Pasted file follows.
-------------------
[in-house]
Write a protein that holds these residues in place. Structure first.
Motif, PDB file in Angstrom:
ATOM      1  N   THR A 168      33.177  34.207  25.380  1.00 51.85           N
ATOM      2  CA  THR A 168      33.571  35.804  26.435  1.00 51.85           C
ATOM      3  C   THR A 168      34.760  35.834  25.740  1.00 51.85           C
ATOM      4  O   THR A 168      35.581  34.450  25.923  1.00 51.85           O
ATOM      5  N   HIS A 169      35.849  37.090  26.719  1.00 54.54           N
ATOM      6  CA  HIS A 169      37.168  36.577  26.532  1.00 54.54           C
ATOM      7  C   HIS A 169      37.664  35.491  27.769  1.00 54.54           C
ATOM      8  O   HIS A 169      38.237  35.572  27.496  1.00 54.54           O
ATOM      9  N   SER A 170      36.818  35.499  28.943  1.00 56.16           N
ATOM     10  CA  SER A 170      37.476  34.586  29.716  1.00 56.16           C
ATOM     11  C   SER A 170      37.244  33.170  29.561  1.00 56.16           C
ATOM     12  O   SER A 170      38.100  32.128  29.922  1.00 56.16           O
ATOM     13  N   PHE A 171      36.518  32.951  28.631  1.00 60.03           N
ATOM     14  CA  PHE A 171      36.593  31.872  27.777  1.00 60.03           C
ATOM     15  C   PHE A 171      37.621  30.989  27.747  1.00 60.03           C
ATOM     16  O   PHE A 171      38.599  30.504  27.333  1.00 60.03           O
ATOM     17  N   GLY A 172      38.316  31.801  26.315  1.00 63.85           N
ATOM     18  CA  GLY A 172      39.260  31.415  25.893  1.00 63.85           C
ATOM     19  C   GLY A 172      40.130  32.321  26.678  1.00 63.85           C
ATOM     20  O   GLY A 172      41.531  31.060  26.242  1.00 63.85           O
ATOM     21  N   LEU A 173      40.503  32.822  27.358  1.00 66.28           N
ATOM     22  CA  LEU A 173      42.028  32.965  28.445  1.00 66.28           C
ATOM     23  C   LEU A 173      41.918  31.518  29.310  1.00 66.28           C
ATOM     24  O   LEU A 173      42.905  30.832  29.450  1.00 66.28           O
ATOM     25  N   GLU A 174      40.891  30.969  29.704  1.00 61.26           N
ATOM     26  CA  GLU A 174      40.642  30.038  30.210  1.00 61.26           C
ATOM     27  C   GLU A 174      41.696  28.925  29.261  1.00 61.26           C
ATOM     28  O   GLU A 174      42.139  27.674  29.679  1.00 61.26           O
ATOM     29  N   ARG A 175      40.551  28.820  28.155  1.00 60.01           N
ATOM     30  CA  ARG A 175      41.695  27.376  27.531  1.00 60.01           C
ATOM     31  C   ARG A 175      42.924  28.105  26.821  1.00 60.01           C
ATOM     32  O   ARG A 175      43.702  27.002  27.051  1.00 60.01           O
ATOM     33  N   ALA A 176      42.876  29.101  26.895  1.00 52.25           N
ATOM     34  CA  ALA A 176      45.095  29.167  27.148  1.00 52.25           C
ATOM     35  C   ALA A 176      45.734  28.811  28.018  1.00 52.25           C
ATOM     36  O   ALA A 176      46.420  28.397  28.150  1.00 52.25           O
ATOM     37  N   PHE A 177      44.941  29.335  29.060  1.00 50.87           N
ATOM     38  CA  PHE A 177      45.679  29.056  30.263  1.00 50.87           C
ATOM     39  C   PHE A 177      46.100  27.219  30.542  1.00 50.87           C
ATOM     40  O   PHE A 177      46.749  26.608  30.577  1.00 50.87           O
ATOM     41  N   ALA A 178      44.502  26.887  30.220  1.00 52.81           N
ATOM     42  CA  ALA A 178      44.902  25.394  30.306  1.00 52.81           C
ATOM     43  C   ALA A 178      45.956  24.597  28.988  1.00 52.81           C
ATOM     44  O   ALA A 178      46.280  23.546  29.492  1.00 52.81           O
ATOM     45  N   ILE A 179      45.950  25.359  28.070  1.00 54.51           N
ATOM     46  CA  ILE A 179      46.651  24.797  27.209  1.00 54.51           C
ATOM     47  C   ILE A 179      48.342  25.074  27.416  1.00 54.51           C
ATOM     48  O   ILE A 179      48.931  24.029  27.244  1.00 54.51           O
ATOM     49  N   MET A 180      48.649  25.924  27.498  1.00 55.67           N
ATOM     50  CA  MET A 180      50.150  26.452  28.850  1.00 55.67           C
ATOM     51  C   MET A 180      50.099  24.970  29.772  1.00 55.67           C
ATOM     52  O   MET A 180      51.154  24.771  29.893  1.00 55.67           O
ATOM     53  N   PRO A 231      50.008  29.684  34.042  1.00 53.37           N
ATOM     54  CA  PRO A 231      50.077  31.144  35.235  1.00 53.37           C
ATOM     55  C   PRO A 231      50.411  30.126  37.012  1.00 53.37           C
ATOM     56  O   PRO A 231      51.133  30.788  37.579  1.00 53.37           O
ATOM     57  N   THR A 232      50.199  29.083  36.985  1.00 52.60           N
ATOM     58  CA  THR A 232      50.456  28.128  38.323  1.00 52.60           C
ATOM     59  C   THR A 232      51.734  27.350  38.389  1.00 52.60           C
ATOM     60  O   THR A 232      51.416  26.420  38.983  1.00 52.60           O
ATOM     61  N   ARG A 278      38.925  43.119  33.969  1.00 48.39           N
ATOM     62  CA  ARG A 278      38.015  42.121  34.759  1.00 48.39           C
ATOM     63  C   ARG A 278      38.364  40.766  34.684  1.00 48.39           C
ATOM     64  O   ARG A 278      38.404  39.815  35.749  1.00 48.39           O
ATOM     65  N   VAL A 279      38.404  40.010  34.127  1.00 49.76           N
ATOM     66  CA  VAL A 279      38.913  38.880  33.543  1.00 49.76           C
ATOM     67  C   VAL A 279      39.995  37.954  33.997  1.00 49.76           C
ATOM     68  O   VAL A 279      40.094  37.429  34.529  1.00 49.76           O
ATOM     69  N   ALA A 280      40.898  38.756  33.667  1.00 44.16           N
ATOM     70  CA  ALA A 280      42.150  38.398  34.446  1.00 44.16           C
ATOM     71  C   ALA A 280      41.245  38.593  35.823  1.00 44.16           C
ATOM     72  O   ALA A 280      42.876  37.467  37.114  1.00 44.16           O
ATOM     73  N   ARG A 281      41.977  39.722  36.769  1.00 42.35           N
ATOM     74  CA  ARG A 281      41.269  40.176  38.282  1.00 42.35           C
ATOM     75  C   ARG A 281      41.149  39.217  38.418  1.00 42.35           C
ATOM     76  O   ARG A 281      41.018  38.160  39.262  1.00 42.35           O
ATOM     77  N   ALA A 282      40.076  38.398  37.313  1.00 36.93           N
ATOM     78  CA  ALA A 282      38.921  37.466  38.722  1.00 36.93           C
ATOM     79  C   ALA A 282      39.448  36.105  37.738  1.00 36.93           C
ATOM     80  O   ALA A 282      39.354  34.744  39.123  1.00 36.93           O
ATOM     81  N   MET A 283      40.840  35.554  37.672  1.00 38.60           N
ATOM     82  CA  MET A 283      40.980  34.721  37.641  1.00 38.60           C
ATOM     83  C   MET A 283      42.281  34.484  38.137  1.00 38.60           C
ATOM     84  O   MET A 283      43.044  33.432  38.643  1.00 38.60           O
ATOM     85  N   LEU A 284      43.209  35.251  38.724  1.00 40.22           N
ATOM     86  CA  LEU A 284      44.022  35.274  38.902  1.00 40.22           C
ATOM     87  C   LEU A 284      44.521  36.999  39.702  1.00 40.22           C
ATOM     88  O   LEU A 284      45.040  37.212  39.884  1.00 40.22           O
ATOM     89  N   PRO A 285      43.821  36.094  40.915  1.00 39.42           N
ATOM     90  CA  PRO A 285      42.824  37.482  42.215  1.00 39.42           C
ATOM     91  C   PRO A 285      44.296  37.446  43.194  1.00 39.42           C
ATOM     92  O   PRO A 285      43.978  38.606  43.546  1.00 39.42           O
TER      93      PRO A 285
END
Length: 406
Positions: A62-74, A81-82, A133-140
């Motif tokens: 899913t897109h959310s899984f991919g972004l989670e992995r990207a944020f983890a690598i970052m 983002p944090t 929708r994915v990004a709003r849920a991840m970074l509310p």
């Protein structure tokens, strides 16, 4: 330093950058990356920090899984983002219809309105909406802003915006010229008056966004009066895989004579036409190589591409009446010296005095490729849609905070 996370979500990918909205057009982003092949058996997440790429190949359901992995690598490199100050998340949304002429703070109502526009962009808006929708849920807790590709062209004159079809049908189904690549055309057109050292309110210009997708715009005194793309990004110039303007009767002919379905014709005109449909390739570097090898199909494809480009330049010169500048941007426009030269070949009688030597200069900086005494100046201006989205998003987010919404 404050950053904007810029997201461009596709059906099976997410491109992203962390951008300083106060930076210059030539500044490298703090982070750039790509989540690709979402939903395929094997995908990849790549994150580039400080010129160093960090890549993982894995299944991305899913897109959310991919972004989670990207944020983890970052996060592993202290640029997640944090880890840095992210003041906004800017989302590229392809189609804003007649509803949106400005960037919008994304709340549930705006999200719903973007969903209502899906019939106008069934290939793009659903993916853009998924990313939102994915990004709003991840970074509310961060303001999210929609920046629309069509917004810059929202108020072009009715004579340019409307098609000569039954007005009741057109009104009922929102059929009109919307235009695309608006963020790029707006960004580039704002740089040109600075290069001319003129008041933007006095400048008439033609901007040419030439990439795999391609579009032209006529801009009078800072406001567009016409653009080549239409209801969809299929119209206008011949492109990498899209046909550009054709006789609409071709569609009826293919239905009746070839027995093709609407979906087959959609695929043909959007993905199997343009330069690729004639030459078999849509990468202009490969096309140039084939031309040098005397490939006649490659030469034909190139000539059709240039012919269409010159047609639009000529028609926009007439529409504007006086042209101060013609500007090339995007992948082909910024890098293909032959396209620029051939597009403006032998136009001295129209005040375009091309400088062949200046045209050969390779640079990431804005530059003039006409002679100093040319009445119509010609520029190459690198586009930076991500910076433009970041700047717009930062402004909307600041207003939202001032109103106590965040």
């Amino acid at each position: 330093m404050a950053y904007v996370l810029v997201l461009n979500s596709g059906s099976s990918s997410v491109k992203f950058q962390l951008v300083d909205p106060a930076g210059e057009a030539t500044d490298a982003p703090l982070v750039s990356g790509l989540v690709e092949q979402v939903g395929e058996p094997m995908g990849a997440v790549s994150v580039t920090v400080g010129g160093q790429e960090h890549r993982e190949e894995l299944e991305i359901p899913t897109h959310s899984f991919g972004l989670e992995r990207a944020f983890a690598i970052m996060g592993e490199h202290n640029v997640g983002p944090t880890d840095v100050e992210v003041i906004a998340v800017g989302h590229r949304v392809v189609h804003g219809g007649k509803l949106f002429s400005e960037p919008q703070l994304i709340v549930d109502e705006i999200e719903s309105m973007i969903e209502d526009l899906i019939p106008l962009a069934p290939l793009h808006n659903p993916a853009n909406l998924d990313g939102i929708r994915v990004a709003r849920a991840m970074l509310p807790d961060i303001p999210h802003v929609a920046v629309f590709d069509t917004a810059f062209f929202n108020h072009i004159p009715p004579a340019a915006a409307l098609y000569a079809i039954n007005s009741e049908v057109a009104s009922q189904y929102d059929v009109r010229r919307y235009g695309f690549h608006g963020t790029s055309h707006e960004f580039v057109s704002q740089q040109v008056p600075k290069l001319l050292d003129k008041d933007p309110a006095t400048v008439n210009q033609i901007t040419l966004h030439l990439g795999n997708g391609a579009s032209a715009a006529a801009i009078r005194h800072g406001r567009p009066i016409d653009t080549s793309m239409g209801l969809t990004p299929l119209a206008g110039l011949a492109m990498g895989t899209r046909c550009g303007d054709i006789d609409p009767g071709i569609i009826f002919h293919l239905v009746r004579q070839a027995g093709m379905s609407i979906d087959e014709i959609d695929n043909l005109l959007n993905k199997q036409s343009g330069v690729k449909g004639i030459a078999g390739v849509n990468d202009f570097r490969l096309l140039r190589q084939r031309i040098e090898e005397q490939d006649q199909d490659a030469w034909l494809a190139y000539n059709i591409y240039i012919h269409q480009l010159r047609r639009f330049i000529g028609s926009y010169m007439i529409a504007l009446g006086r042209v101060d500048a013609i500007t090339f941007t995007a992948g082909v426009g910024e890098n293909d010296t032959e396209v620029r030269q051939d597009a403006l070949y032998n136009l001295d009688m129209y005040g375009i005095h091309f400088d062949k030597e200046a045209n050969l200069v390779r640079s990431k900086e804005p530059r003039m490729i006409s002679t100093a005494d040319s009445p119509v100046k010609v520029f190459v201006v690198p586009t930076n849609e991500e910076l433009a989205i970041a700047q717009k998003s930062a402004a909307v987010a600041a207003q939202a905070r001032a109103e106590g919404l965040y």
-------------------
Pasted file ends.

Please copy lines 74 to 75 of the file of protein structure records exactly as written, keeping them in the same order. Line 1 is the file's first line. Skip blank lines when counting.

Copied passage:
ATOM     71  C   ALA A 280      41.245  38.593  35.823  1.00 44.16           C
ATOM     72  O   ALA A 280      42.876  37.467  37.114  1.00 44.16           O